• Lightning Spring: A somewhat strenuous hike through the forest that closes during winter.
  • Red Cone: Another section of the Pacific Crest Trail that is moderately challenging that closes for the winter.
  • Discovery Point: An easy trail with steep areas and lake views.
  • Watchman Peak: One of the most popular trails in the park, with challenging ascent and lake views.
  • Rim Trail: A moderate trail with lake views running parallel to the caldera rim.
  • Mount Scott: A strenuous hike up to the tallest peak in the park with a fantastic view of the lake and mountains that closes in the winter.
  • Sun Notch: An easygoing hike that closes for winter that brings you through the forest and meadows for lake vies.
  • Garfield Peak: A somewhat challenging trail with switchbacks offering lake and valley views.

Safety at Crater Lake

Staying safe during your trip to this National Park should be one of your top priorities. While the park isn’t particularly dangerous, there are some tips to follow to ensure your safety while also protecting the beautiful ecosystem of this park.

Driving Around the Park

Most people get around the park by driving, though biking is also a popular mode of transportation. These tips will help you navigate through the park while driving:

  • Watch for Wildlife: Protect yourself and the park’s resident animals by carefully watching the road for animals.
  • Don’t Speed: Speeding is more likely to result in an accident with animals or other drivers on these narrow, winding roads.
  • Use Turnout to Stop: If you want to stop to take a picture, pull into the appropriate area to allow other vehicles to pass by. Use only designated spots to do this.
  • Winter Driving: Chains or traction tires should be used during snowy conditions. Pack a survival kit and fuel up before heading out since gas is not available in the park during winter.
  • Check Conditions: No matter the time of year, checking weather conditions is essential before hitting the road at Crater Lake.

Weather Safety

Winter storms aren’t the only weather events to affect the park. Staying aware of the region’s dangers will help you prepare for your trip:

  • Hypothermia: When your body gets too cold, you can begin to suffer from this condition. Dress in layers and bring dry clothes if you want to swim in the lake. While hypothermia is more likely to occur in winter, it can also happen in summer, especially if you are wet.
  • Hyperthermia: Overheating can also be a problem in the park. Remember to stay hydrated and dress appropriately for warm temperatures.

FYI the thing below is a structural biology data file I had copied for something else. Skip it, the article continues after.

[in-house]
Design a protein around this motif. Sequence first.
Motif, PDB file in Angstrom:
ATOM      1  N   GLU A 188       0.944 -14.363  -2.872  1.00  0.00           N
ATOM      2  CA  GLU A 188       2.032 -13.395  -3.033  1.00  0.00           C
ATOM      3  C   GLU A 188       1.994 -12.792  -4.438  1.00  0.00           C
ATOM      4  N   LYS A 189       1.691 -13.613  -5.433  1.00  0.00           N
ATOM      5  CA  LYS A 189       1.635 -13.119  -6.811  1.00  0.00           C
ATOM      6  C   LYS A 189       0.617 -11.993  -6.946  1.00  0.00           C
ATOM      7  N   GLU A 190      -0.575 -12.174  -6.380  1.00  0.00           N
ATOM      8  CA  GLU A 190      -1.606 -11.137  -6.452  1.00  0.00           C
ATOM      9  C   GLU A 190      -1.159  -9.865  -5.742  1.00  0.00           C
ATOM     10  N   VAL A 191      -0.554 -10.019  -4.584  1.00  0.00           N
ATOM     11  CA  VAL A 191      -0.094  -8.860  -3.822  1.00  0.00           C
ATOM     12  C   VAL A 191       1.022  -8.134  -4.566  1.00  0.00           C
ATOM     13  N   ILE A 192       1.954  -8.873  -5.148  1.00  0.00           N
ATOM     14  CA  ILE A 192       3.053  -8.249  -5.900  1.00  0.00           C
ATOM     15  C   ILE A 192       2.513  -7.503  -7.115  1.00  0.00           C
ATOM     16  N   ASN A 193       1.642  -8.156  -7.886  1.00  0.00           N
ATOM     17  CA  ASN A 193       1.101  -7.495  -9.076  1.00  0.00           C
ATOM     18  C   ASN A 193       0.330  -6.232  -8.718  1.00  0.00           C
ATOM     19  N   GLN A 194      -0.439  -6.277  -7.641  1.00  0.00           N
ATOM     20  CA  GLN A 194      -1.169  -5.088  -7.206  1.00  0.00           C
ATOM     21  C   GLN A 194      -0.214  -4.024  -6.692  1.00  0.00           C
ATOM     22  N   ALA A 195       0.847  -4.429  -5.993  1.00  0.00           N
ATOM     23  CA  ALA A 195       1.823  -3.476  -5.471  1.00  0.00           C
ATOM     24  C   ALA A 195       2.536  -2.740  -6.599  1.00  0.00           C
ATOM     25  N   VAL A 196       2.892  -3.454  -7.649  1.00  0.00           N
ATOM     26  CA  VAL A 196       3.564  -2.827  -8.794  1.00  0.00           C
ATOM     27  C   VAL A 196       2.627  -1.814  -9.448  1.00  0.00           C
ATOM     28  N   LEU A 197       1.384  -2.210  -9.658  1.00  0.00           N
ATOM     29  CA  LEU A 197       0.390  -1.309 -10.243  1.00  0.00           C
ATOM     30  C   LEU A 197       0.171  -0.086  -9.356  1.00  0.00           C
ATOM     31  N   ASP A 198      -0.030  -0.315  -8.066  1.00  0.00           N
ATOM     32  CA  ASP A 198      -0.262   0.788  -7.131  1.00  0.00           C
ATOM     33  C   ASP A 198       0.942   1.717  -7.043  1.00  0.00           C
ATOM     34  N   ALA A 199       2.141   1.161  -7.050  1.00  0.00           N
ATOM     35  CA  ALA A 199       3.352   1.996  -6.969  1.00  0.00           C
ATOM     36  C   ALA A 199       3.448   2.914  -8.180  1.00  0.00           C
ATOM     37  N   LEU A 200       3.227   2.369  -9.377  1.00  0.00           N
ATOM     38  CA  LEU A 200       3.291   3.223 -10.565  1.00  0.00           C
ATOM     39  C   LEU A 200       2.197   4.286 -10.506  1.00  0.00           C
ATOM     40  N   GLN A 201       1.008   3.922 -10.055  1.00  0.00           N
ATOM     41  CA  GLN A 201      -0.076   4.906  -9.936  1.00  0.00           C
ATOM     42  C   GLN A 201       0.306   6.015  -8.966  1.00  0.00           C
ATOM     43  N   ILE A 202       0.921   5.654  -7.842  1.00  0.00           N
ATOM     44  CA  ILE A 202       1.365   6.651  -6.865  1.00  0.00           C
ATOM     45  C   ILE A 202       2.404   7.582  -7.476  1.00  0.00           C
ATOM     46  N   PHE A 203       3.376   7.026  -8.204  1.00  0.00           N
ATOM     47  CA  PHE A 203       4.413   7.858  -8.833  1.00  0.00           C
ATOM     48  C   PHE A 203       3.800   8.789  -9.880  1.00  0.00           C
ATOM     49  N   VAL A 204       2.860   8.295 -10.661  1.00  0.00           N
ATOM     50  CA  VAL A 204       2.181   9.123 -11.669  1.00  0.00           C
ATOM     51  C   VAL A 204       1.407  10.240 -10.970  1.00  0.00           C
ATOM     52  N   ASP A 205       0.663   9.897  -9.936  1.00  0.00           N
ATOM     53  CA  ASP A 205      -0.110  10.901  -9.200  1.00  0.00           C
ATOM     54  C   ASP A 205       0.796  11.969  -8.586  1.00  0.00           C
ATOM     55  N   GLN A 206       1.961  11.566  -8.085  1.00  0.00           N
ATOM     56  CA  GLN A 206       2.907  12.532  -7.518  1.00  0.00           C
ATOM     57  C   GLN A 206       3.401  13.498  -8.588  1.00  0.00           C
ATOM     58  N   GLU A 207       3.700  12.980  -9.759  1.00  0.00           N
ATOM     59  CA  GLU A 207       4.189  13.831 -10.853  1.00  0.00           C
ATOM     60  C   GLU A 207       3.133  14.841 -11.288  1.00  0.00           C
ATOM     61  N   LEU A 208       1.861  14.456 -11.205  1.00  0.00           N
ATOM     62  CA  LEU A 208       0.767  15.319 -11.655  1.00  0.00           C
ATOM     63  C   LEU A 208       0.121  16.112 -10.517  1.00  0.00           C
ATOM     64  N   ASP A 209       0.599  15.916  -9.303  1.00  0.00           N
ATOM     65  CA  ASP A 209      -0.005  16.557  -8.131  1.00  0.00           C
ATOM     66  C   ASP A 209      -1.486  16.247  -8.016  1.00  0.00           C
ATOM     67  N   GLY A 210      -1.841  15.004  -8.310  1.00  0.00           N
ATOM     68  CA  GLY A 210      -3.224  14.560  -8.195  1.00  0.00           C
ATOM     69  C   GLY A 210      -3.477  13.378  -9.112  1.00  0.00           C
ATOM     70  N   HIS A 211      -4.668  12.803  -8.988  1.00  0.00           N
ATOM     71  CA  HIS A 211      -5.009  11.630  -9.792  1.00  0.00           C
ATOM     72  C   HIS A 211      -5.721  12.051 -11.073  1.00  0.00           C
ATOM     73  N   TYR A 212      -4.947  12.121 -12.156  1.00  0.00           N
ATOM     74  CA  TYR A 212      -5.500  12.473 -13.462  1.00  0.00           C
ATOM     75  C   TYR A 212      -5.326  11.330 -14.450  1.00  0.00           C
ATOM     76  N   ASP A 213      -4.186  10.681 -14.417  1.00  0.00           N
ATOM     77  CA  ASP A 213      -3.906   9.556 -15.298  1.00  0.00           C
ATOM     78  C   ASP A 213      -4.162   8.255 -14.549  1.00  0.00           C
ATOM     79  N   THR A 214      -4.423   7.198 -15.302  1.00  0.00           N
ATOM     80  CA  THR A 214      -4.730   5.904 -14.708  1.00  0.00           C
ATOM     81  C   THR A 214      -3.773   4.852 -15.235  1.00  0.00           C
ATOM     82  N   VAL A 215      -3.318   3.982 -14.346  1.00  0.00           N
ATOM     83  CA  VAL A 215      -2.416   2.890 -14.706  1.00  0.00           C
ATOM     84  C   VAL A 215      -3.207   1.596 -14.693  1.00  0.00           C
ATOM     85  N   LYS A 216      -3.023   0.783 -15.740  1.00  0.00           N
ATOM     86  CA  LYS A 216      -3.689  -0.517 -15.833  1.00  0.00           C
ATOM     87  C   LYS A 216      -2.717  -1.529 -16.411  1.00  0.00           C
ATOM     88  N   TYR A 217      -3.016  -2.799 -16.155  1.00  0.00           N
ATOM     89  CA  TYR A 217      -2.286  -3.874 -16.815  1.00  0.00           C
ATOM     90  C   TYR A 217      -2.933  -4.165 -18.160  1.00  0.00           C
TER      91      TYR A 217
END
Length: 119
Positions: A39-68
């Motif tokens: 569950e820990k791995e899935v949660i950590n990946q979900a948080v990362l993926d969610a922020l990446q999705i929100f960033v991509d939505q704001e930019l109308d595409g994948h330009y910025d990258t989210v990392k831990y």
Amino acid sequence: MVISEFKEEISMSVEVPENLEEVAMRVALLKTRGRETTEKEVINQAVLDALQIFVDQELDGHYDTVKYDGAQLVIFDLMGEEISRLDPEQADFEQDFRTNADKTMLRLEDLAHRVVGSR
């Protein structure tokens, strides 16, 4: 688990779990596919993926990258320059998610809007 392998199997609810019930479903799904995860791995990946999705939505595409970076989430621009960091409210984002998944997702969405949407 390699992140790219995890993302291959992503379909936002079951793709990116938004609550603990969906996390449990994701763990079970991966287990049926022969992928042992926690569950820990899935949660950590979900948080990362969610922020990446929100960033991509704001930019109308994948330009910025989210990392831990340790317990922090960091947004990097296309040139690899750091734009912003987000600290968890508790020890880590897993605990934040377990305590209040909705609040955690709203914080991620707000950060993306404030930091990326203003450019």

• Lightning: Thunderstorms occur in the summer and pose a danger at these higher elevations. Always check the weather before heading out and seek shelter if you encounter a storm.
  • Fires: Summer into late fall are expected times for fires in and around the park. Check weather conditions, including air quality, to stay safe during these times.

Frequently Asked Questions

Man photographing a sunrise over Crater Lake in Oregon during the best time to visit


Let’s take a look at some of our most frequently asked questions about visiting Crater Lake, and our answers!

How many days do you need at Crater Lake?

A one-day trip to the park will give you enough time to enjoy several hiking trails and, depending on the time of year, drive around the lake. Although you could see the park’s highlights in a day, two days is better to get the most out of a visit.

What months is Crater Lake open?

Like most National Parks, Crater Lake is open year-round. However, unpredictable weather often leads to closures outside of the summer months. Heavy snows lead to the closure of Rim Drive and North Entrance to vehicles.

Do you need a reservation for Crater Lake?

No, you don’t have to make reservations to visit Crater Lake, but if you want to stay inside the park, making reservations for lodging should be done far in advance.

How long does it take to drive all the way around Crater Lake?

The drive around the lake spans more than 30 miles, with winding roads that can be narrow in places. Budget at least two hours for the drive to enjoy the sights and travel safely.

Can you swim inside Crater Lake?

Swimming is permitted at Crater Lake, but you may only want to spend a little time in the water as it is very cold, even in the summer. The rocky shoreline is another factor deterring most swimmers, but there are areas where you can take a dip in the water if you choose!

So, What’s the Best Time to Visit Crater Lake?

The best time to visit Crater Lake depends on the type of activities you plan on doing in the National Park. In general, summer provides the most opportunities in the park when it comes to lodging and activities, but no matter the time of year, you’ll see stunning sights of the country’s deepest lake!